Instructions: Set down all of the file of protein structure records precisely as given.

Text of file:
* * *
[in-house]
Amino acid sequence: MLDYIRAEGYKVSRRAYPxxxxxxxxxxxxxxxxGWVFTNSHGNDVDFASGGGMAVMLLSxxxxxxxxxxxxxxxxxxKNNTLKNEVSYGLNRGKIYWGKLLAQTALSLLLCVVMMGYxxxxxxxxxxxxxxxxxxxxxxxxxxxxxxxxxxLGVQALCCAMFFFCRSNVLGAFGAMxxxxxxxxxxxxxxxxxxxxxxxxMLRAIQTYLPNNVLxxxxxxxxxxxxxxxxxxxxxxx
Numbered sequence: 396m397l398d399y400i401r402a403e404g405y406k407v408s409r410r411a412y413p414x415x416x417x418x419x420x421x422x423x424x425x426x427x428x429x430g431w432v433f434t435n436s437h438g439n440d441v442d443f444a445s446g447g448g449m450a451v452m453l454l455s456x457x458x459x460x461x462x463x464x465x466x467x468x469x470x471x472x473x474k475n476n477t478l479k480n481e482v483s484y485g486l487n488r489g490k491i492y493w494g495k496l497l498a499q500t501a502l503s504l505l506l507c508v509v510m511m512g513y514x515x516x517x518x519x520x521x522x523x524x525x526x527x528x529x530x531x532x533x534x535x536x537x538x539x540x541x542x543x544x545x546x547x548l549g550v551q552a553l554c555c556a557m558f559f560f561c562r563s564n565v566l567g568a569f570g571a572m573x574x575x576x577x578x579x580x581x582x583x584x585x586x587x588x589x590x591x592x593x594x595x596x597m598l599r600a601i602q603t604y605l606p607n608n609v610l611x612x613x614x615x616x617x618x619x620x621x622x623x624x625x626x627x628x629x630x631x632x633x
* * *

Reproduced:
[in-house]
Amino acid sequence: MLDYIRAEGYKVSRRAYPxxxxxxxxxxxxxxxxGWVFTNSHGNDVDFASGGGMAVMLLSxxxxxxxxxxxxxxxxxxKNNTLKNEVSYGLNRGKIYWGKLLAQTALSLLLCVVMMGYxxxxxxxxxxxxxxxxxxxxxxxxxxxxxxxxxxLGVQALCCAMFFFCRSNVLGAFGAMxxxxxxxxxxxxxxxxxxxxxxxxMLRAIQTYLPNNVLxxxxxxxxxxxxxxxxxxxxxxx
Numbered sequence: 396m397l398d399y400i401r402a403e404g405y406k407v408s409r410r411a412y413p414x415x416x417x418x419x420x421x422x423x424x425x426x427x428x429x430g431w432v433f434t435n436s437h438g439n440d441v442d443f444a445s446g447g448g449m450a451v452m453l454l455s456x457x458x459x460x461x462x463x464x465x466x467x468x469x470x471x472x473x474k475n476n477t478l479k480n481e482v483s484y485g486l487n488r489g490k491i492y493w494g495k496l497l498a499q500t501a502l503s504l505l506l507c508v509v510m511m512g513y514x515x516x517x518x519x520x521x522x523x524x525x526x527x528x529x530x531x532x533x534x535x536x537x538x539x540x541x542x543x544x545x546x547x548l549g550v551q552a553l554c555c556a557m558f559f560f561c562r563s564n565v566l567g568a569f570g571a572m573x574x575x576x577x578x579x580x581x582x583x584x585x586x587x588x589x590x591x592x593x594x595x596x597m598l599r600a601i602q603t604y605l606p607n608n609v610l611x612x613x614x615x616x617x618x619x620x621x622x623x624x625x626x627x628x629x630x631x632x633x